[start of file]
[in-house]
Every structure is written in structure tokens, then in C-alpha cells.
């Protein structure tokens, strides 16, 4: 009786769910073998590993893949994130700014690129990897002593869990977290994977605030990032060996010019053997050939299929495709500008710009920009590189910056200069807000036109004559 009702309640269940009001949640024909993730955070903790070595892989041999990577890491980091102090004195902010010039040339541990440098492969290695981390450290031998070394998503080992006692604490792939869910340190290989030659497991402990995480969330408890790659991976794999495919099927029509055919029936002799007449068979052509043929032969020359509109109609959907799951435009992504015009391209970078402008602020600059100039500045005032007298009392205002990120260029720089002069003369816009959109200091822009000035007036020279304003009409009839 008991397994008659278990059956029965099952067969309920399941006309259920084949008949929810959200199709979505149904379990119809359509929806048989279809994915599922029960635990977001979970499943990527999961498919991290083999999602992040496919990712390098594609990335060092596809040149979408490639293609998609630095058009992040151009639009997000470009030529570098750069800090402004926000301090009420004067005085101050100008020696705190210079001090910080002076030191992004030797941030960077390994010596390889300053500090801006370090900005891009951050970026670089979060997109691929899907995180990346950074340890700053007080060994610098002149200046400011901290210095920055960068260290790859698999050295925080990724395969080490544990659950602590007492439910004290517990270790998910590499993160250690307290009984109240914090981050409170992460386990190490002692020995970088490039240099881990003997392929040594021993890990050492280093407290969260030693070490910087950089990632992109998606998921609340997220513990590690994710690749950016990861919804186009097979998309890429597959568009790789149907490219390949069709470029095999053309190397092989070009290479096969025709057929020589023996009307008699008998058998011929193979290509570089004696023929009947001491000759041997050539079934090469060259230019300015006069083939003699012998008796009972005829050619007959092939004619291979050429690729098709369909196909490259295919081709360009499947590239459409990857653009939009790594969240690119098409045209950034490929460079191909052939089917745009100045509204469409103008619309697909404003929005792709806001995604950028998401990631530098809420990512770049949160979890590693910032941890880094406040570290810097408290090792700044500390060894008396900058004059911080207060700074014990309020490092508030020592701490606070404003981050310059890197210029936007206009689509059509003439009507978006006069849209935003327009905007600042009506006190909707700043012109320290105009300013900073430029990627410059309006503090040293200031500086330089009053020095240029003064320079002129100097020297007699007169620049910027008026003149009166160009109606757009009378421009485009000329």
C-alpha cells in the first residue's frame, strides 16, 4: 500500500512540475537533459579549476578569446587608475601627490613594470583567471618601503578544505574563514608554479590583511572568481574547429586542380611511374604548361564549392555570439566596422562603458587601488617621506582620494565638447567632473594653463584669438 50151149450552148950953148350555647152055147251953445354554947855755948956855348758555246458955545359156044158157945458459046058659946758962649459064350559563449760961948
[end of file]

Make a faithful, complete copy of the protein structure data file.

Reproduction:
[in-house]
Every structure is written in structure tokens, then in C-alpha cells.
């Protein structure tokens, strides 16, 4: 009786769910073998590993893949994130700014690129990897002593869990977290994977605030990032060996010019053997050939299929495709500008710009920009590189910056200069807000036109004559 009702309640269940009001949640024909993730955070903790070595892989041999990577890491980091102090004195902010010039040339541990440098492969290695981390450290031998070394998503080992006692604490792939869910340190290989030659497991402990995480969330408890790659991976794999495919099927029509055919029936002799007449068979052509043929032969020359509109109609959907799951435009992504015009391209970078402008602020600059100039500045005032007298009392205002990120260029720089002069003369816009959109200091822009000035007036020279304003009409009839 008991397994008659278990059956029965099952067969309920399941006309259920084949008949929810959200199709979505149904379990119809359509929806048989279809994915599922029960635990977001979970499943990527999961498919991290083999999602992040496919990712390098594609990335060092596809040149979408490639293609998609630095058009992040151009639009997000470009030529570098750069800090402004926000301090009420004067005085101050100008020696705190210079001090910080002076030191992004030797941030960077390994010596390889300053500090801006370090900005891009951050970026670089979060997109691929899907995180990346950074340890700053007080060994610098002149200046400011901290210095920055960068260290790859698999050295925080990724395969080490544990659950602590007492439910004290517990270790998910590499993160250690307290009984109240914090981050409170992460386990190490002692020995970088490039240099881990003997392929040594021993890990050492280093407290969260030693070490910087950089990632992109998606998921609340997220513990590690994710690749950016990861919804186009097979998309890429597959568009790789149907490219390949069709470029095999053309190397092989070009290479096969025709057929020589023996009307008699008998058998011929193979290509570089004696023929009947001491000759041997050539079934090469060259230019300015006069083939003699012998008796009972005829050619007959092939004619291979050429690729098709369909196909490259295919081709360009499947590239459409990857653009939009790594969240690119098409045209950034490929460079191909052939089917745009100045509204469409103008619309697909404003929005792709806001995604950028998401990631530098809420990512770049949160979890590693910032941890880094406040570290810097408290090792700044500390060894008396900058004059911080207060700074014990309020490092508030020592701490606070404003981050310059890197210029936007206009689509059509003439009507978006006069849209935003327009905007600042009506006190909707700043012109320290105009300013900073430029990627410059309006503090040293200031500086330089009053020095240029003064320079002129100097020297007699007169620049910027008026003149009166160009109606757009009378421009485009000329």
C-alpha cells in the first residue's frame, strides 16, 4: 500500500512540475537533459579549476578569446587608475601627490613594470583567471618601503578544505574563514608554479590583511572568481574547429586542380611511374604548361564549392555570439566596422562603458587601488617621506582620494565638447567632473594653463584669438 50151149450552148950953148350555647152055147251953445354554947855755948956855348758555246458955545359156044158157945458459046058659946758962649459064350559563449760961948